Thursday, December 22, 2016

Feliz Navidad and Merry Christmas to all my Readers! May Your 2016 End with a Bang and Your 2017 Be Off the Charts Amazing!

A Merry Christmas Treat from Team Mextasy! Classic US Horror Flick Lobby Cards Translated for the Mexican Marketplace | Plus a Bonus Rita Hayworth Print
source | click to enlarge


Tuesday, November 22, 2016

Bonus 10nth Anniversary Posting "Treat"!!!???? Still More "Mexican" Stereotypes or More Semiotic Fun from the History of Race in the Americas

Bonus 10nth Anniversary Posting "Treat"!!!???? Still More "Mexican" Stereotypes or More Semiotic Fun from the History of Race in the Americas--this time from Spicy Western volume 5, number 3, from 1937!

Of course, Mexican and Native American stereotypes are not the only best bits to be found in Spicy Western magazine--salacious proto porn is also there for the masses!

October 30, 2006 Saw the First Textmex Galleryblog Posting...

Has it really been 10 years and 23 days? For a decade then, this site has been documenting the history of "Mexicans" in the American imagination in the 20th and, now, 21st centuries. And what a story it is. I knew when I started the Textmex Galleryblog that there were oodles of cultural artifacts that I could never stuff into the pages of Tex[t]-Mex: Seductive Hallucinations of the "Mexican" in America.  First off, you would need a page-count akin to the old Encyclopedia Britannica, which UT Press would never go for, and second, you would need the patience of a Samuel Johnson to pull of such an epic project.I took the easy route of using the World Wide Web, and the rest, as they say, is history. In any event, I was scouring the internets for classic 20th century pulp western images of "Mexicans" and I found some new examples--more for the neo-fascists in Trump's camp to absorb as they mount their bid for temporary (I hope!) hegemony:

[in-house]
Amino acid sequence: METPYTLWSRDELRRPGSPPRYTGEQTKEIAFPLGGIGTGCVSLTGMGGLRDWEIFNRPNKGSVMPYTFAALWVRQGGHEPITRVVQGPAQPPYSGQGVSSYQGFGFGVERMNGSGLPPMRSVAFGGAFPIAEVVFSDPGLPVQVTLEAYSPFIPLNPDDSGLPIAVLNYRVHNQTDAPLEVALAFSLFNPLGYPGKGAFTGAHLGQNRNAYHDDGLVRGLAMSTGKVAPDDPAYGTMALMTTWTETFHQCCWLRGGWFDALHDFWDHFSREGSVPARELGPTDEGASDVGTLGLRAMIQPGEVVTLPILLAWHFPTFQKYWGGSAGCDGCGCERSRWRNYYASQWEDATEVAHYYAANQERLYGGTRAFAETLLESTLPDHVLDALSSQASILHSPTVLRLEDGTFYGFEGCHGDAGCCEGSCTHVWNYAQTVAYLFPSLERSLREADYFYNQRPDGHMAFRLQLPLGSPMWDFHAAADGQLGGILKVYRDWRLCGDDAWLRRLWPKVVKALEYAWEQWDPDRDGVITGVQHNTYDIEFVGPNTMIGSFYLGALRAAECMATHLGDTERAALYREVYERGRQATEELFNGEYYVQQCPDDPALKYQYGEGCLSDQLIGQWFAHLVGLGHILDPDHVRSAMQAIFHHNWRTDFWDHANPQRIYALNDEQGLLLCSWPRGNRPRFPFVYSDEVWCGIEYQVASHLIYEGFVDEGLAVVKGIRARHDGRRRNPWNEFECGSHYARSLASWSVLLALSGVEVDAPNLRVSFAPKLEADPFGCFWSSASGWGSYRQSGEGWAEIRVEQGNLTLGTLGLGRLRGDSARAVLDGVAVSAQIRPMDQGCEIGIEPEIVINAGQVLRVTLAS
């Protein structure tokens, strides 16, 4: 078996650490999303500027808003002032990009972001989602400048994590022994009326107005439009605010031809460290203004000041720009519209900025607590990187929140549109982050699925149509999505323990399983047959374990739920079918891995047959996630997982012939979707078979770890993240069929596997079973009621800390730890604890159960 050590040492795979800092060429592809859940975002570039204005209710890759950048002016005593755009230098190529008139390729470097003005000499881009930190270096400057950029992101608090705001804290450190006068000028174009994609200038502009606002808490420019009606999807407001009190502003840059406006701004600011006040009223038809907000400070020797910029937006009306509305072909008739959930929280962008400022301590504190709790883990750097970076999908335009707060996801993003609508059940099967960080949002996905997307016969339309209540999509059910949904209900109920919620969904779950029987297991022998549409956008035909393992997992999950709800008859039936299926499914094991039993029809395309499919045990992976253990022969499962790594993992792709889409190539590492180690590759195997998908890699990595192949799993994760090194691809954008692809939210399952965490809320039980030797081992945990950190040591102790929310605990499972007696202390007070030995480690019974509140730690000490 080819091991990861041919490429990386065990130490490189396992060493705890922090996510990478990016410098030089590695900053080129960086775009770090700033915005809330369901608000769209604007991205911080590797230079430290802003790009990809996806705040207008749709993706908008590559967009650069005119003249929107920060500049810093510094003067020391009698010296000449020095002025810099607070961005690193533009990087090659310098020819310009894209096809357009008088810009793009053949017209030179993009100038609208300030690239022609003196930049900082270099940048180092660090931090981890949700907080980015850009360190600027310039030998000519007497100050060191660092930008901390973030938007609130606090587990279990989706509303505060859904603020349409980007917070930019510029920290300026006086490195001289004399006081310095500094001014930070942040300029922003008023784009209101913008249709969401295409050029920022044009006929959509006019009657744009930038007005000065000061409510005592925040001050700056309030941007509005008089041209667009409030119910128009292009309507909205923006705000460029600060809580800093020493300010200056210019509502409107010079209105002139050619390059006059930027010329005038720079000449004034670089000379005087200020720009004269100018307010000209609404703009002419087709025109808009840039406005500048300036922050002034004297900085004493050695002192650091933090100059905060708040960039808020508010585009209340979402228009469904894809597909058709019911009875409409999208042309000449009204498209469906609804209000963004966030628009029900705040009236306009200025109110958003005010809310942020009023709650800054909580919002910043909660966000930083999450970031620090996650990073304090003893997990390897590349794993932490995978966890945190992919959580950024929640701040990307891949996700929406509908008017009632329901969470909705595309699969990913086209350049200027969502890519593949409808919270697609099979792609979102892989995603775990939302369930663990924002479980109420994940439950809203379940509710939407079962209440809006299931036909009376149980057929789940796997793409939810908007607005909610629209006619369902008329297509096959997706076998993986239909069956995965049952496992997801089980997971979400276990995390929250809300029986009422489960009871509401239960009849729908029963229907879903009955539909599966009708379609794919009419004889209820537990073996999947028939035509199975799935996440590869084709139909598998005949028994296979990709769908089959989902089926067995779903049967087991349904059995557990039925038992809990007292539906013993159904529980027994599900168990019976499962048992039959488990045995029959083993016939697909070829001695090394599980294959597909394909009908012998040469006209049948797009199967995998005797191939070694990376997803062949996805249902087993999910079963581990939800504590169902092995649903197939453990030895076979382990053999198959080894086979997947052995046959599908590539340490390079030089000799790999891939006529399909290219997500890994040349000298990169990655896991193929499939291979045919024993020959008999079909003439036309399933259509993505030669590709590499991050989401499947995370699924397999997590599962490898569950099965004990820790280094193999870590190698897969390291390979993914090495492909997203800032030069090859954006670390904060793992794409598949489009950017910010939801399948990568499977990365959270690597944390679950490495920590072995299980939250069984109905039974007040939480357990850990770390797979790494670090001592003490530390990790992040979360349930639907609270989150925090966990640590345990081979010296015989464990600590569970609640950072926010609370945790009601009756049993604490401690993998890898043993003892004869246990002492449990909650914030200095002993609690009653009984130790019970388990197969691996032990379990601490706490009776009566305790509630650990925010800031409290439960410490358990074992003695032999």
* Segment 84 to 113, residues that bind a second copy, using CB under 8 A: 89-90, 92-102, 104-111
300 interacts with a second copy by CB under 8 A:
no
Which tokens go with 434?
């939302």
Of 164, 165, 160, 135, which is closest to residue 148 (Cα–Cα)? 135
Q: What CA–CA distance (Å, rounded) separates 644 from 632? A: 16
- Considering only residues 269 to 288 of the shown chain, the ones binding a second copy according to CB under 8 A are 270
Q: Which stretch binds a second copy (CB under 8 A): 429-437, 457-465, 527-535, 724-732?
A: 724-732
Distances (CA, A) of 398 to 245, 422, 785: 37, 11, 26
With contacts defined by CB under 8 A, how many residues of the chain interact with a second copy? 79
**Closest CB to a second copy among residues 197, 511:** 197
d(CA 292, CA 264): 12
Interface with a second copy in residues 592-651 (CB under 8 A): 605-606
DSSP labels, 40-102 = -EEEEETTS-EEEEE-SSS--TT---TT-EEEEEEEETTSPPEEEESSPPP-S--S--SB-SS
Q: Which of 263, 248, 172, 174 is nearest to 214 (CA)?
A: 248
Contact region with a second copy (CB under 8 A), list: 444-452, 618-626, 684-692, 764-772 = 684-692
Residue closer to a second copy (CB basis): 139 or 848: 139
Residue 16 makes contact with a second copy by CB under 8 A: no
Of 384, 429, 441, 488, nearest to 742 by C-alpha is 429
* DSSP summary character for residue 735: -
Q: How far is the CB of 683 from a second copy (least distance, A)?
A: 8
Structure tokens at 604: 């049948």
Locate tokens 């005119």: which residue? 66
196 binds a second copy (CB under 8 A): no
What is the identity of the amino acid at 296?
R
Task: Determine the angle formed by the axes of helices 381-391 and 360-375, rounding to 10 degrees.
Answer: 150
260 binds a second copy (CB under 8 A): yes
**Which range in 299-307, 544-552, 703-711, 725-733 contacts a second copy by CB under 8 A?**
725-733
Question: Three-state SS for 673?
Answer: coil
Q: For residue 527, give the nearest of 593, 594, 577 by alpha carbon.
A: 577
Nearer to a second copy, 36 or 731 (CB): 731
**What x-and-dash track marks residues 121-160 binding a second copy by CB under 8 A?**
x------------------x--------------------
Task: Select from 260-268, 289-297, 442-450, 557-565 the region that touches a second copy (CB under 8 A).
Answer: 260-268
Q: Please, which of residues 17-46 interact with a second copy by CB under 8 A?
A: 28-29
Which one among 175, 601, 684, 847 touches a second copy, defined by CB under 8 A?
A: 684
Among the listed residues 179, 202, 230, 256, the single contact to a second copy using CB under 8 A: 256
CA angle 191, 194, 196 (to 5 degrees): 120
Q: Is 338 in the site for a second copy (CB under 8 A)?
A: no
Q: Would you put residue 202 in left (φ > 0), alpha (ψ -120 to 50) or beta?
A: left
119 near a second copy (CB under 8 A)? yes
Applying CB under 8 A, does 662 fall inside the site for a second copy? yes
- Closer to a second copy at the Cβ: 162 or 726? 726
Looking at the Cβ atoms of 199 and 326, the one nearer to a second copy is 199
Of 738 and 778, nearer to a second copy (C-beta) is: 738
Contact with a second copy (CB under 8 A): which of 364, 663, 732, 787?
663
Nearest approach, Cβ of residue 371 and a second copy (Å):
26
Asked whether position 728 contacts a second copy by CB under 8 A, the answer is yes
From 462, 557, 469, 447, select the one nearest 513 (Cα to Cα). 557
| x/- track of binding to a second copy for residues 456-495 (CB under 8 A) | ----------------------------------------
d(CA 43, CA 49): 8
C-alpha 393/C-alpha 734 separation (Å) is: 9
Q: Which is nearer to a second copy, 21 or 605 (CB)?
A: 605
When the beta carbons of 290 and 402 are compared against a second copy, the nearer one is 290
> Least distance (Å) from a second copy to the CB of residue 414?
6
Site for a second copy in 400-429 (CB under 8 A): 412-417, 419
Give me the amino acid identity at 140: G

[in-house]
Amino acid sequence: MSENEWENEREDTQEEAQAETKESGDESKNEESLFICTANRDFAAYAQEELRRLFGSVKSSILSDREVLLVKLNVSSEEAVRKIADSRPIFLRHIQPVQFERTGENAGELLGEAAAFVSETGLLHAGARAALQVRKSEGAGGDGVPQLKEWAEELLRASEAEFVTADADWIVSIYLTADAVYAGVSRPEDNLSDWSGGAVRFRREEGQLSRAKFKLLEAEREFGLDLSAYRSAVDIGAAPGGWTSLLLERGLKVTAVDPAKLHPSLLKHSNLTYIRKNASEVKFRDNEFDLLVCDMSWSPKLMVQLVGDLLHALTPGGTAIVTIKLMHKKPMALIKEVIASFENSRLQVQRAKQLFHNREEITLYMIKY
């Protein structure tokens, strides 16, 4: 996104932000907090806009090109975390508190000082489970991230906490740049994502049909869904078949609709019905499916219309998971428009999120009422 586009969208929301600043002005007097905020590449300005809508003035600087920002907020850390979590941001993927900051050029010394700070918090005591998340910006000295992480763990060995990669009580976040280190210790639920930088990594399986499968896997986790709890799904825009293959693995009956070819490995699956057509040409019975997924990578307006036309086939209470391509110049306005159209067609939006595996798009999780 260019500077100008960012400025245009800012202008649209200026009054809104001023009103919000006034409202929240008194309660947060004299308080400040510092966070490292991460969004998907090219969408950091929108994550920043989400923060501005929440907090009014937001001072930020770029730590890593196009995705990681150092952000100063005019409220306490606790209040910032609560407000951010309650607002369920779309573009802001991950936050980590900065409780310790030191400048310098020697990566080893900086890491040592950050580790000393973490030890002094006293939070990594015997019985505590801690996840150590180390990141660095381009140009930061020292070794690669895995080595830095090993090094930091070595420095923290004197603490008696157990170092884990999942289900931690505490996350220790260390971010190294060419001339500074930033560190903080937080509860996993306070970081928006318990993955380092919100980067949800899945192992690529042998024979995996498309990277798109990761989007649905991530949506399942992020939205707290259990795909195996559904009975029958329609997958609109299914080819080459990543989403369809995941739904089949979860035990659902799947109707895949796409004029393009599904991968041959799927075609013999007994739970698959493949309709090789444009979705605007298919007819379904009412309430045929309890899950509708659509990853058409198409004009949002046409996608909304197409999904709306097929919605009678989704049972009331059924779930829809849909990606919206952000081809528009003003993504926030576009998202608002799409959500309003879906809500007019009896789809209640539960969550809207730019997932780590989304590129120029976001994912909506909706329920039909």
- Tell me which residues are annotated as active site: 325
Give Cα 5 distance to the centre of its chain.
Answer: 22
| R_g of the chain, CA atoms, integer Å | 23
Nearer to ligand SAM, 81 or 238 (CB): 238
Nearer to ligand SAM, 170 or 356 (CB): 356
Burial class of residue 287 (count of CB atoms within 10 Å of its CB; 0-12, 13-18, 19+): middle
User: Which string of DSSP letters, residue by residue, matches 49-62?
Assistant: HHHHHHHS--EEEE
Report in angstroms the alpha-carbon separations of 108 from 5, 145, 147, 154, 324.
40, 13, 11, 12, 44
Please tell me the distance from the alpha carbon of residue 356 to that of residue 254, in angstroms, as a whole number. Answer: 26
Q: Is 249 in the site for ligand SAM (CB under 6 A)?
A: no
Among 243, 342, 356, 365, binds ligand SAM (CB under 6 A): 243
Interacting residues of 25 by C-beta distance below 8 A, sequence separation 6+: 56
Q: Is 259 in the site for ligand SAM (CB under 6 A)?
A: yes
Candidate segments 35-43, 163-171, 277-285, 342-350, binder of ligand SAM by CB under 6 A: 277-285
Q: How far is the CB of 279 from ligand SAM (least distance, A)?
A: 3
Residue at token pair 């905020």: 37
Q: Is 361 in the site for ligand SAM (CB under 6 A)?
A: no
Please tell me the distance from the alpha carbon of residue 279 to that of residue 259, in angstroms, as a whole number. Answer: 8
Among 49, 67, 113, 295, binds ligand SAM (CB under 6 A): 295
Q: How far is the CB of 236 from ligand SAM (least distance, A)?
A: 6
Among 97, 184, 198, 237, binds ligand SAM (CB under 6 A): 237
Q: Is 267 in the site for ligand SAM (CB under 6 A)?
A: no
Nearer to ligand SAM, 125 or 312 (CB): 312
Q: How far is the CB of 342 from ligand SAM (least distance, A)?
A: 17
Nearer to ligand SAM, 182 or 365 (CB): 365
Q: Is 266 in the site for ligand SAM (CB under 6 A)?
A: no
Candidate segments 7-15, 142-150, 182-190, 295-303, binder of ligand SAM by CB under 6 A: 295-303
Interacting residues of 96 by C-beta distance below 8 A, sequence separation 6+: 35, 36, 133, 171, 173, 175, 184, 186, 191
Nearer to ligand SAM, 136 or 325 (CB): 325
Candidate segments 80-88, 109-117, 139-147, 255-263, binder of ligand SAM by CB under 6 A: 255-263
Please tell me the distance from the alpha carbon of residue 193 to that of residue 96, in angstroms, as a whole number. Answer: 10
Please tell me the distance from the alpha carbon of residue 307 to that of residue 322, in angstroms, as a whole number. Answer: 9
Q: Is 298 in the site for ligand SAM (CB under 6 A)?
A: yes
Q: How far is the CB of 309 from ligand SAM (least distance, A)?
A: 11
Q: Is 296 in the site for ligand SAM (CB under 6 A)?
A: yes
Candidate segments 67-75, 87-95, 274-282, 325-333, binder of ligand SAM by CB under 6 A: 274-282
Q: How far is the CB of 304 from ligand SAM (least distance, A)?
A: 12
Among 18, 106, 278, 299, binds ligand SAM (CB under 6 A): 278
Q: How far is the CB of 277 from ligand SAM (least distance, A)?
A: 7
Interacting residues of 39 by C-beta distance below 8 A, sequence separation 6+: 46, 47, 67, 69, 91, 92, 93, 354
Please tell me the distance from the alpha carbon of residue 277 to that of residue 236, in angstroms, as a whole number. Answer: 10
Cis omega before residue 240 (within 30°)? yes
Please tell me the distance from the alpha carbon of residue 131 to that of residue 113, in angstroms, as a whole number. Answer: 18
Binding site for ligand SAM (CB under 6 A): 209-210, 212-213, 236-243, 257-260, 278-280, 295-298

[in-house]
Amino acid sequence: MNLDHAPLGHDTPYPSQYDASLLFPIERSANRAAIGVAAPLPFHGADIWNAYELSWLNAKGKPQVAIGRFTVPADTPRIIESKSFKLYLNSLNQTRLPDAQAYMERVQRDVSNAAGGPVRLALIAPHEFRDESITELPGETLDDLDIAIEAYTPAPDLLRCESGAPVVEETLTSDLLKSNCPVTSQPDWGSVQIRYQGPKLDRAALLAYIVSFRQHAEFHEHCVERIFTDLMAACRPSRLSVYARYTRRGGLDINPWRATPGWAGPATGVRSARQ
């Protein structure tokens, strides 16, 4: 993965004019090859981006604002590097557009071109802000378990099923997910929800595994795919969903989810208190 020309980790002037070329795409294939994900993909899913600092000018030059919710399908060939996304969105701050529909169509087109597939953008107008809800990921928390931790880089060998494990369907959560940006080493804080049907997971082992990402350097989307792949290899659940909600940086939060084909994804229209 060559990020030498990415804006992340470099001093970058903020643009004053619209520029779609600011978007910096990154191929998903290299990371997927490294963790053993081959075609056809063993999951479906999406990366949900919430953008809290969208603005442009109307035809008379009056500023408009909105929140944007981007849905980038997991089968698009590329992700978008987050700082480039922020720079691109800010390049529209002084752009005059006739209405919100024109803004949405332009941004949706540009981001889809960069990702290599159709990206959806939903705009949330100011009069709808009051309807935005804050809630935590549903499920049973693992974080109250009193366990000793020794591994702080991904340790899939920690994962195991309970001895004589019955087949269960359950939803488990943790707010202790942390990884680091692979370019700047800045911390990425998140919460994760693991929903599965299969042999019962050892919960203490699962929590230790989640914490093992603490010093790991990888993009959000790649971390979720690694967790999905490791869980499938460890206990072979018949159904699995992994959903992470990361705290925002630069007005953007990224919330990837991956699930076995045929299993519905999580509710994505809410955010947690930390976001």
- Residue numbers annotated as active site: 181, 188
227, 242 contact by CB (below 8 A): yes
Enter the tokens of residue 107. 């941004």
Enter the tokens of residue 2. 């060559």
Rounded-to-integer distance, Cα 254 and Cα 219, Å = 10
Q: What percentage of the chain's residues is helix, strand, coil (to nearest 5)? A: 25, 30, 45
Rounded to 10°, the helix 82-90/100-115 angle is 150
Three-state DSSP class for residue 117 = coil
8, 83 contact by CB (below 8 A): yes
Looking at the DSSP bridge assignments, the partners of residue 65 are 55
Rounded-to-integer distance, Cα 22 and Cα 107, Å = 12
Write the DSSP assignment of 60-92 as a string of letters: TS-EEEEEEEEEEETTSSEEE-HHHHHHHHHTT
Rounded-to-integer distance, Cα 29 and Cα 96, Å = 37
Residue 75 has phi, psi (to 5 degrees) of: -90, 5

This last one below is the most curious--there is no "Mexican" in sight, rather the "Mexican Meeting" is a cipher / shorthand for illicit sexual potentiality--one of the chief theses stuffed into Tex[t]-Mex: the "Mexican" as synecdoche, as shorthand for the inauguration of a 'dark', 'hot' coupling.

You can read about the origins of the Textmex Galleryblog here:

Sunday, November 13, 2016

Gringos Disguised AS "Mexicans" in this Early Frank Frazetta Comic Book Classic from Pappy's Golden Age Comic Blogzine!

Just enough time to provide a link posted last year on my birthday on the one and only Pappy's Golden Age Comics Blogzine--don't know how I missed it.  No big treasure chest of stereotypes, just a bizarre Western tale of hooligan caucasians run amuck in Mexico drawn by Frank Frazetta, hall of fame comic/pulp illustrator.

Here are some panels:

Sunday, November 06, 2016

1950s Era Comic Book Meditations on Human Smuggling, Mexicans, the Border and More! Headline Comics #63 January-February 1954

Every now and then I get lucky. Meandering the back alleys of the internets can turn up some compelling artifacts--particularly where your interests are focused on all things Mexican.  It had not occurred to me until after finishing Tex[t]-Mex (better price here!) that some of the best materials on "Mexicans" in America would be in pulp fiction from the 1930s-1950s.  And that some of the "best" (most garish, most racist, most provocative) materials would appear in genre books--westerns, crime fiction, etc.

That's the case today with Headline Comics #63 from 1954--I am in debt the Bristol Board Tumblr site, a treasure trove of comic book artifacts, for the find. "Slave Peddlers" is a tale of Mexicans and Americans at the border/on the border--with n'ere-do'-wells, crooks, coyotes, "Mexicans" and more. According to Comic Books Plus, the artist credits for this issue are: "Pencils: Marvin Stein?; Inks: Marvin Stein?; Letters: Ben Oda."

Check out the whole story here--like most images on the Textmex Galleryblog, they get bigger when you hit them with your cursor or your finger.

Saturday, November 05, 2016


Chihuahuas, though utterly high-strung, are easy to please!